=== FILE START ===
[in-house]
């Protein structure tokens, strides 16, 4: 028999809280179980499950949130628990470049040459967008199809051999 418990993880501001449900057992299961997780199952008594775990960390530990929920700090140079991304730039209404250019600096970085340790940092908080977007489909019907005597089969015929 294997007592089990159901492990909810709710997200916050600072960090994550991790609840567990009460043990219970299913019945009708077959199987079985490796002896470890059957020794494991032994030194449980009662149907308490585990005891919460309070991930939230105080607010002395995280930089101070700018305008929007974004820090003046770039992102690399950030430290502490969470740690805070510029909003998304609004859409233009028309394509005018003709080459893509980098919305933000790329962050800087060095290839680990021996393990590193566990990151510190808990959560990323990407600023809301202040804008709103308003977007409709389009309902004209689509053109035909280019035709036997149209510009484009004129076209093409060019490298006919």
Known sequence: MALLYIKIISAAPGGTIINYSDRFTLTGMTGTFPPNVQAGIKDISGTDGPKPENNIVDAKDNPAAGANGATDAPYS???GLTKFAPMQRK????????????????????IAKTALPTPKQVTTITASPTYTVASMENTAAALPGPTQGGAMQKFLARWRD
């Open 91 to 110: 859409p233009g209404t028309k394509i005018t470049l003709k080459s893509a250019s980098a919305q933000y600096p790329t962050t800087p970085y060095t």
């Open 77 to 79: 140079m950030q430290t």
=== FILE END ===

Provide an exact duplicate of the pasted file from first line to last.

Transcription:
[in-house]
């Protein structure tokens, strides 16, 4: 028999809280179980499950949130628990470049040459967008199809051999 418990993880501001449900057992299961997780199952008594775990960390530990929920700090140079991304730039209404250019600096970085340790940092908080977007489909019907005597089969015929 294997007592089990159901492990909810709710997200916050600072960090994550991790609840567990009460043990219970299913019945009708077959199987079985490796002896470890059957020794494991032994030194449980009662149907308490585990005891919460309070991930939230105080607010002395995280930089101070700018305008929007974004820090003046770039992102690399950030430290502490969470740690805070510029909003998304609004859409233009028309394509005018003709080459893509980098919305933000790329962050800087060095290839680990021996393990590193566990990151510190808990959560990323990407600023809301202040804008709103308003977007409709389009309902004209689509053109035909280019035709036997149209510009484009004129076209093409060019490298006919």
Known sequence: MALLYIKIISAAPGGTIINYSDRFTLTGMTGTFPPNVQAGIKDISGTDGPKPENNIVDAKDNPAAGANGATDAPYS???GLTKFAPMQRK????????????????????IAKTALPTPKQVTTITASPTYTVASMENTAAALPGPTQGGAMQKFLARWRD
């Open 91 to 110: 859409p233009g209404t028309k394509i005018t470049l003709k080459s893509a250019s980098a919305q933000y600096p790329t962050t800087p970085y060095t």
């Open 77 to 79: 140079m950030q430290t």